Hello Down There (1969)

Hello Down There

Aka Sub-a-Dub-Dub. Pretty goldfish, we could have a whale of a time. Marine scientist Fred Miller (Tony Randall) talks his aquaphobic romance novelist wife Vivian (Janet Leigh) into spending thirty days in an experimental home he’s designed for boss T.R. Hollister (Jim Backus) in order to secure funding. But he’s got to take the entire family to live ninety feet under the sea in The Onion and that means their teenage son Tommie (Gary Tigerman) and daughter Lorrie (Kay Cole) who happen to be on the verge of signing a record deal for their pop group led by her boyfriend Harold (Richard Dreyfuss) and his brother Marvin (Lou Wagner). A rival designer, Mel Cheever (Ken Berry) from Undersea Development literally rocks their boat with his sea bed dredging and then a hurricane strikes …  Doctor, I think you’ve been smoking my bananas. An underwater musical? Why not? This blends 20,000 Leagues Under the Sea with Lost in Space and precedes TV’s The Partridge Family with its band of teenyboppers. Boasting a baby submarine, a seal called Gladys who loves watching the washing machine churn in the ultra mod interior, two helpful dolphins called Duke and Duchess bobbing about the lounge and Roddy McDowall as Nate Ashbury, a wunderkind hepcat music mogul, what more could you possibly want Daddy-o? Oh yes – sharks. And here it is – Dreyfuss’ first encounter with the pesky creatures – who insist on paying the Onion a visit when Leigh mistakenly flushes the trash without first incinerating it. It’s soft-hearted nutty family fun but it’s clearly nodding to Leigh’s fear of water (after Psycho!) and the only person getting their keks off regularly is Randall so whatever floats your boat. Dreyfuss’ songs are sung by composer Jeff Barry and Merv Griffin appears as himself when the kids get to perform on his show from their new abode. Harvey Lembeck appears as a sonar operator on a passing ship which misinterprets the signals from the kids’ songs as enemy activity prompting political anxiety. A real blast from the past. Written by John McGreevey and Frank Telford from a story by Ivan Tors and Art Arthur. Directed by cult sci fi fave Jack Arnold with those marvellous underwater sequences shot by Ricou Browning at Miami’s Seaquarium and in the Bahamas.  One of a unique group of films featuring the point of view of a fish. That’s all we need – more sharks!

Magic Town (1947)

Magic Town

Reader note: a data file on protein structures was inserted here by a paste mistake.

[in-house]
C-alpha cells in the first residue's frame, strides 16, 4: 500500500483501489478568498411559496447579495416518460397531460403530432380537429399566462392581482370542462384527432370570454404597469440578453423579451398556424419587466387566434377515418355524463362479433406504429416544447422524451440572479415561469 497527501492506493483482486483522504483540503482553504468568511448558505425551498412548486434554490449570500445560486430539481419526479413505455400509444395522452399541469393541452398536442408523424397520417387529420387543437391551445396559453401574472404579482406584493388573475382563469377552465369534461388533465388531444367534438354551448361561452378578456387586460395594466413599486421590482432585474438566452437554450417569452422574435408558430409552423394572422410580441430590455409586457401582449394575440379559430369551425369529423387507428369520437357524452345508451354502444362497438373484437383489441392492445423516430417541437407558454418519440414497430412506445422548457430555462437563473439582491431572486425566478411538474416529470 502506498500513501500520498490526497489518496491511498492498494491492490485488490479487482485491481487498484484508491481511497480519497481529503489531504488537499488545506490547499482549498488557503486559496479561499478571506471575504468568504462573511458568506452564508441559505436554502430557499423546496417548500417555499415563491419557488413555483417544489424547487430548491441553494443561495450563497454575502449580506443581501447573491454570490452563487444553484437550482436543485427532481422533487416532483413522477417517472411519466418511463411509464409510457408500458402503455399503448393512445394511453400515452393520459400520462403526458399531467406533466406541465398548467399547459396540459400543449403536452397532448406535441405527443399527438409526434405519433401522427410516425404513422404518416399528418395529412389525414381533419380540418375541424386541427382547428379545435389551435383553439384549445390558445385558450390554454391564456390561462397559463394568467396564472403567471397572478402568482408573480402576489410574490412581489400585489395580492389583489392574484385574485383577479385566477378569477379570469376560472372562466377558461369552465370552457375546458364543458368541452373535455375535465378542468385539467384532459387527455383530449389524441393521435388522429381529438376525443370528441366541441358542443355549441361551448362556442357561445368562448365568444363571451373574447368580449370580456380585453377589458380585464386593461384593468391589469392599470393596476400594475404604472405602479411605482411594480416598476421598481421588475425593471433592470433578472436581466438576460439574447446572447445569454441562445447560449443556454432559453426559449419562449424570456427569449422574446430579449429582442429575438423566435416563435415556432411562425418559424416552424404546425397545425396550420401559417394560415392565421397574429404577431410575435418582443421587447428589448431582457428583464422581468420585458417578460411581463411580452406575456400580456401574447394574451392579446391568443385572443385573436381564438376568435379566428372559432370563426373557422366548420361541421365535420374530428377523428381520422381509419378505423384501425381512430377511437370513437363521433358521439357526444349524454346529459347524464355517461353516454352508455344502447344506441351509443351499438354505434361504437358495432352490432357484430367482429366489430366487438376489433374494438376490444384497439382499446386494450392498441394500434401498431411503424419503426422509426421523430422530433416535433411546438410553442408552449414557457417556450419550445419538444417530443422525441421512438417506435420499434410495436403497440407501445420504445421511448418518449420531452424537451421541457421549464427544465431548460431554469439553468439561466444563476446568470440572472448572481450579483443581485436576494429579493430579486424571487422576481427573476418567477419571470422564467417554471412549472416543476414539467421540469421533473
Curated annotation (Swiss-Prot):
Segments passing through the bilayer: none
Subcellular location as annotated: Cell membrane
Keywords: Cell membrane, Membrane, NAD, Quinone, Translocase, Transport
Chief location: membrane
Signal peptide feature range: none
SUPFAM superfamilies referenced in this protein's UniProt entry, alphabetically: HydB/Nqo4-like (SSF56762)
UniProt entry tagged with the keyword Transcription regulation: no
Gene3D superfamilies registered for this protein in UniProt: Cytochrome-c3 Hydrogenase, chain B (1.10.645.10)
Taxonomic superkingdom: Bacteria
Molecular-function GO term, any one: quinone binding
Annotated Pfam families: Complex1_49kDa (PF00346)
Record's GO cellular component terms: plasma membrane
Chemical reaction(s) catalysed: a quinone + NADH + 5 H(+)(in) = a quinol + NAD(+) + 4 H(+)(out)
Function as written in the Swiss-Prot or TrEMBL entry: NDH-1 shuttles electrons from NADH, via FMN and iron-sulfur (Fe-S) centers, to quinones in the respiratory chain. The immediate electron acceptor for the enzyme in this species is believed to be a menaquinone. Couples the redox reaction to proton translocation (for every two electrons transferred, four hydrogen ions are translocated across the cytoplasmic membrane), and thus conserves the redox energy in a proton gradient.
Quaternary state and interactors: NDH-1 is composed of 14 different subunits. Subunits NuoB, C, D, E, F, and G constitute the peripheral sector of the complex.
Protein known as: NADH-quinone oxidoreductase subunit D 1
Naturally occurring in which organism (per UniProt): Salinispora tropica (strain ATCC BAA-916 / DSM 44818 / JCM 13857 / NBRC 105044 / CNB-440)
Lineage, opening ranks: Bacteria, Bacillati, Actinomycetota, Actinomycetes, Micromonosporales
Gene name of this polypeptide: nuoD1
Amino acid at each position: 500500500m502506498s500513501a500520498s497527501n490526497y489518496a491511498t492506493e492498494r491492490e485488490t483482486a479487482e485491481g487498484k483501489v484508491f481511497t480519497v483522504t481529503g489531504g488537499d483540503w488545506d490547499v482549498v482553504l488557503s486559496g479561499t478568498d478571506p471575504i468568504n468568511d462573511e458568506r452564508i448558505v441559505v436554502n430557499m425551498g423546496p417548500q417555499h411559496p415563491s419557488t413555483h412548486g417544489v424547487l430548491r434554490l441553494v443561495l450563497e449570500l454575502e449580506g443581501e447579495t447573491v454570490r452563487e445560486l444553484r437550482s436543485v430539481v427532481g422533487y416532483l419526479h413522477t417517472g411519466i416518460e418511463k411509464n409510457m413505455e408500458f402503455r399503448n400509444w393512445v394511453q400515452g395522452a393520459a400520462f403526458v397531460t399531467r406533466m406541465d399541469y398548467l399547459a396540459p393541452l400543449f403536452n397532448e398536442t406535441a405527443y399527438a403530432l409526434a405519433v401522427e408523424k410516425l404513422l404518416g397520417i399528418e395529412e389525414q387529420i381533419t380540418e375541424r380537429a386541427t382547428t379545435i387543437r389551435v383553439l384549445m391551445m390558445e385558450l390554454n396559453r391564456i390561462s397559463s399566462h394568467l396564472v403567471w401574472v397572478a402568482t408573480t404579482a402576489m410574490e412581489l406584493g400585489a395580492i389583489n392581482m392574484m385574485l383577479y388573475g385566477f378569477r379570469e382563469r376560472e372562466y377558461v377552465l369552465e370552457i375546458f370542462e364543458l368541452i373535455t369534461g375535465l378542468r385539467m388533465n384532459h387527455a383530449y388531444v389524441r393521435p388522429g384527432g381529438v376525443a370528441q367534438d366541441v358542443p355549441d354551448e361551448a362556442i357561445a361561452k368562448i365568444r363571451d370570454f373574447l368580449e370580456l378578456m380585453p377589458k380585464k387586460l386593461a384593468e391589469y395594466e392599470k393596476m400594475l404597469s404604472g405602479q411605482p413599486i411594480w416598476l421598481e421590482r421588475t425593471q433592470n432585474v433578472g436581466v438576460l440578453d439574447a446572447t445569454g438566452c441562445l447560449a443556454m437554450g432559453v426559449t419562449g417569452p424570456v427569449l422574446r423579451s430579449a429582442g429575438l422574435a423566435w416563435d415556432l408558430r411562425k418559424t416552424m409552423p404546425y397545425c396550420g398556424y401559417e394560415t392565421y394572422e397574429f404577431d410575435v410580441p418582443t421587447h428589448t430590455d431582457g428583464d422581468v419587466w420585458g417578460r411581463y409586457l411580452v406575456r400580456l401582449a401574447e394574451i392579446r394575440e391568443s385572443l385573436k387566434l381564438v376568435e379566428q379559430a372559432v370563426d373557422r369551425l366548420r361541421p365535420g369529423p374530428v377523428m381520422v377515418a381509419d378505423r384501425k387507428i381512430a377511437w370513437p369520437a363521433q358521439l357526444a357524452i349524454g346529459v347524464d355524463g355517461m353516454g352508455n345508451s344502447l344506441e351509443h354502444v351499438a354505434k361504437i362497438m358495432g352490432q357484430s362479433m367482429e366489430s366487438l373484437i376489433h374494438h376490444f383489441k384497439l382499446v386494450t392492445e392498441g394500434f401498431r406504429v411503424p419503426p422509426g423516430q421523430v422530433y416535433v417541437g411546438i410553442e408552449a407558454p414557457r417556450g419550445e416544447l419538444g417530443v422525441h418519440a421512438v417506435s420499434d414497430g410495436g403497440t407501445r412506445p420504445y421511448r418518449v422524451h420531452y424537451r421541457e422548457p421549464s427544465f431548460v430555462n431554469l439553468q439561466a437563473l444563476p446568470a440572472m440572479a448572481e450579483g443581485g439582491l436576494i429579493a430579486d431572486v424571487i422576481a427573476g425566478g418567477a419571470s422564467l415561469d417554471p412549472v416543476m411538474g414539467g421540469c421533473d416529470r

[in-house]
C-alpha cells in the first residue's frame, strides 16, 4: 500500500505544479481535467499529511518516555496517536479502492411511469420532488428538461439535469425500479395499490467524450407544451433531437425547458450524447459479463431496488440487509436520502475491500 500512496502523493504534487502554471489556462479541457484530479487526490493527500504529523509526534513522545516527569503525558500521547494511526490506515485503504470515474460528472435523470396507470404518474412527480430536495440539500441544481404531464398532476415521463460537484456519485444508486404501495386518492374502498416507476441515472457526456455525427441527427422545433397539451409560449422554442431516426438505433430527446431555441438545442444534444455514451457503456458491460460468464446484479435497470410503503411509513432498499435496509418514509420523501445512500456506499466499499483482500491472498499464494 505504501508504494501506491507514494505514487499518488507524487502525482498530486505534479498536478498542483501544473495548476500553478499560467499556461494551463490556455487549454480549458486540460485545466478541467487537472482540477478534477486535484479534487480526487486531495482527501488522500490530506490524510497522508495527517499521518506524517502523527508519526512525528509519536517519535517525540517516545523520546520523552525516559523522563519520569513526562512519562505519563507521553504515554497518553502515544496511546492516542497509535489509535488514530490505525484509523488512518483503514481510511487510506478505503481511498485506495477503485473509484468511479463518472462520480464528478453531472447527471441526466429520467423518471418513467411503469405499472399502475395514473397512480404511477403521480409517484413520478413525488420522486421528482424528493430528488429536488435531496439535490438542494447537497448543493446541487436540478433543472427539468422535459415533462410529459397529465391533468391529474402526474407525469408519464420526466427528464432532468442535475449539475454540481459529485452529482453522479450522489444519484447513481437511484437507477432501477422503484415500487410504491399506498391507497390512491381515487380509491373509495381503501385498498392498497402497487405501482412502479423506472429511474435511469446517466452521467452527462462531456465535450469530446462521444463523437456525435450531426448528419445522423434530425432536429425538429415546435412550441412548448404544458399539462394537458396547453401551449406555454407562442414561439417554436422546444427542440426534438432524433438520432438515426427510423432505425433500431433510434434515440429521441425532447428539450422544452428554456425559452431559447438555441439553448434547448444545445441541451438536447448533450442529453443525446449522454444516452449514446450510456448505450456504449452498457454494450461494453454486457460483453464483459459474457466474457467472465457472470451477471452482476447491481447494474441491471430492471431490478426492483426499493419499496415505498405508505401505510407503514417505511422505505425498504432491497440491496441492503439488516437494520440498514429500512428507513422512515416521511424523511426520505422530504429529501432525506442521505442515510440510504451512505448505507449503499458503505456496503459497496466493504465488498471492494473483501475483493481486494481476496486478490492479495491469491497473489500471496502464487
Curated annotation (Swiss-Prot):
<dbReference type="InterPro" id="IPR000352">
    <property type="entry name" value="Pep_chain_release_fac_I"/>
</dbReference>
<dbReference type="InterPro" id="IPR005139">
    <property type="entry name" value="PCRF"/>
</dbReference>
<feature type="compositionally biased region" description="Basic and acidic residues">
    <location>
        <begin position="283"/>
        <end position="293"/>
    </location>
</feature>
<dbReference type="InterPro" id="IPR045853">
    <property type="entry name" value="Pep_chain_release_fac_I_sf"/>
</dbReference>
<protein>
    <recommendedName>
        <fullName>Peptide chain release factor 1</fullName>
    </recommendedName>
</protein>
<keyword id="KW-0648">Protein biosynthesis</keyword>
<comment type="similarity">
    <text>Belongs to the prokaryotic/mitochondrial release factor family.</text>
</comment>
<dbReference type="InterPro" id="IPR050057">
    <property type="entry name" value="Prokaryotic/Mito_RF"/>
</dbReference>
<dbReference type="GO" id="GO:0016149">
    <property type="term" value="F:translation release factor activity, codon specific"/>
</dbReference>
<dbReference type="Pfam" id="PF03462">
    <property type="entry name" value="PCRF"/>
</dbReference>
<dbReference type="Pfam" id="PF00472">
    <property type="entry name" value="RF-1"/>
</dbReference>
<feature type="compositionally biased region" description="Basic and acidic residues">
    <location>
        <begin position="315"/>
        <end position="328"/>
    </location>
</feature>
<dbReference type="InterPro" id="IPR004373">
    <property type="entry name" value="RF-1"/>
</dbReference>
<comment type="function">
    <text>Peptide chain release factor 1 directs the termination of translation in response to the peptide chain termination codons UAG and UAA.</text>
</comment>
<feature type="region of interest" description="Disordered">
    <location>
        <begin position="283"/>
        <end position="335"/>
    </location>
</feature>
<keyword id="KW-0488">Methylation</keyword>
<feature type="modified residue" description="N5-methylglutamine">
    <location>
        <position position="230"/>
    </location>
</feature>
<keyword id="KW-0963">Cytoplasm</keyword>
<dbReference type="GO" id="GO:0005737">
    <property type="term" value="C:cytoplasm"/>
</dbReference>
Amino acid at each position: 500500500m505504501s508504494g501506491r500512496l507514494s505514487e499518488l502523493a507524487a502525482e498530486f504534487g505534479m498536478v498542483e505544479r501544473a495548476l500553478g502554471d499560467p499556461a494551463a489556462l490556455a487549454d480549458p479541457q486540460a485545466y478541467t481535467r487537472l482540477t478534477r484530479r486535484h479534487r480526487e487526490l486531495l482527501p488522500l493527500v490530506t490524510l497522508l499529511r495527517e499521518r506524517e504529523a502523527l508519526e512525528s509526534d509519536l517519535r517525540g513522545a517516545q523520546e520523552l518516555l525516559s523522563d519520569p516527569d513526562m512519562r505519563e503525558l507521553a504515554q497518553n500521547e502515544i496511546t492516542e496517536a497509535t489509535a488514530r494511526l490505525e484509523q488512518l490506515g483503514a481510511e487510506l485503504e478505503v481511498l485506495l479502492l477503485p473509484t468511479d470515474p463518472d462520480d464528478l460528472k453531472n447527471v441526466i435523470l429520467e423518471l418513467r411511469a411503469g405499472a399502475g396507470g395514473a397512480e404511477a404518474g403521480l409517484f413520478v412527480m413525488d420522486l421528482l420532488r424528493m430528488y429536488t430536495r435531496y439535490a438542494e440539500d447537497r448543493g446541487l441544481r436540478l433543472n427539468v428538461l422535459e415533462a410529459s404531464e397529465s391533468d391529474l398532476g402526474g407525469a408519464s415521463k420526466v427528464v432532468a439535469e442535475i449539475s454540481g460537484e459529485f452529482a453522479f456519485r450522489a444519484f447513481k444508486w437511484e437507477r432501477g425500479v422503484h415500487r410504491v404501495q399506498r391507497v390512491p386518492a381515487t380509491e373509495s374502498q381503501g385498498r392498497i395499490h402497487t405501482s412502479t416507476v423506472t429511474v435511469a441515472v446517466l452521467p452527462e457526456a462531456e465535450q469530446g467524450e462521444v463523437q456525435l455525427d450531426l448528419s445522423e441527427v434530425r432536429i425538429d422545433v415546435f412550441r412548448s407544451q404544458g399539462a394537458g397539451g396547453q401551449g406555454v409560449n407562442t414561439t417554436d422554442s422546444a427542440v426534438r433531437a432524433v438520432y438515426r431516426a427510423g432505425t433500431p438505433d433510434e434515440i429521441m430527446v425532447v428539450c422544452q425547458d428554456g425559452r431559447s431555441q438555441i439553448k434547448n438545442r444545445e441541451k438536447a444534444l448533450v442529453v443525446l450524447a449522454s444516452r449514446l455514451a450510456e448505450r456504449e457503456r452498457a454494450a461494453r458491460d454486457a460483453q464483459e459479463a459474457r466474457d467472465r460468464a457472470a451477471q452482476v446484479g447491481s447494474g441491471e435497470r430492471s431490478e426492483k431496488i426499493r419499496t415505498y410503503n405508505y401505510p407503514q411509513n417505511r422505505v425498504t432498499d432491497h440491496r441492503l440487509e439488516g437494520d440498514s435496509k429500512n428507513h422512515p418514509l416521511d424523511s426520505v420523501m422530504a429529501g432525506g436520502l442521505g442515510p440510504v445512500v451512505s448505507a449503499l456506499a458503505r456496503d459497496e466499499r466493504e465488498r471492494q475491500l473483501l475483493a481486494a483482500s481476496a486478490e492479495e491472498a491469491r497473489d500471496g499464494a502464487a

The air becomes charged with electricity around desperate men. WW2 vet Lawrence ‘Rip’ Smith (James Stewart) is looking to find a way to beat fellow pollster George Stringer and his military colleague Professor Frederick Hoopendecker (Kent Smith) tells him about Grandview, a town that offers a precisely representative model for the entire United States. Rip promises a client a result within 24 hours that Stringer has been working on for a long time and he and his team arrive in the town posing as insurance salesmen. He has to deal with Mary Peterman  (Jane Wyman) who is trying to persuade the Mayor (Harry Holman) to build more property and give the town a civic centre – which would alter the demographic. It forces Rip to address the town and they side with him, not Mary who writes an editorial about him in her family newspaper. While they are attracted to each other, he is gathering information as well as coaching the school basketball team. When she overhears him calling a client, she writes another story about the reason for his being in Grandview and a national paper picks it up and Rip’s mission is made known in the ‘public opinion capital of the U.S.’ … Okay now. You’re a typical American – act like it! Robert Riskin’s script is rather reminiscent of a Frank Capra film – but then he wrote most of them, despite Capra’s self-aggrandising public line that his was The Name Above the Title. And yet this isn’t directed by Capra, but by William Wellman. While it readily captures much of the kind of atmosphere and social concerns of Riskin’s pre-WW2 work in that partnership the shifts from comedy to drama aren’t managed in the same way – with Riskin as producer from a story he wrote with Joseph Krumgold and Wellman directing, the sharp ends of the story are confronted directly, suggesting the compromises the screenwriter might have been making prior to this production. Rip wants money, Mary is after a good story with a political edge. This exists almost in inverse relationship to Riskin’s previous narratives, with the kinds of conversations that Capra softened into sentiment given a much tougher emphasis here (underlined by the Roy Webb’s score). So it’s the same type of material as before but given a much different treatment, although it all comes together in the end with the people creating their own destiny.  This as ever with Riskin is a blue-sky picture asking people what kind of country they want the United States to be and to make it happen democratically – but he never takes his eye off the ball, locating the peculiar way in which families run towns and thereby society as a whole. Fascinating as a prism through which to view Stewart’s stuttering post-war career (It’s a Wonderful Life was also a box office failure) as well as clarifying what Riskin had done for Capra now that they were separate entities. That’s Mickey Rooney’s dad Joe Yule as the radio comic. How do you like your fancy beautiful circus of a town now?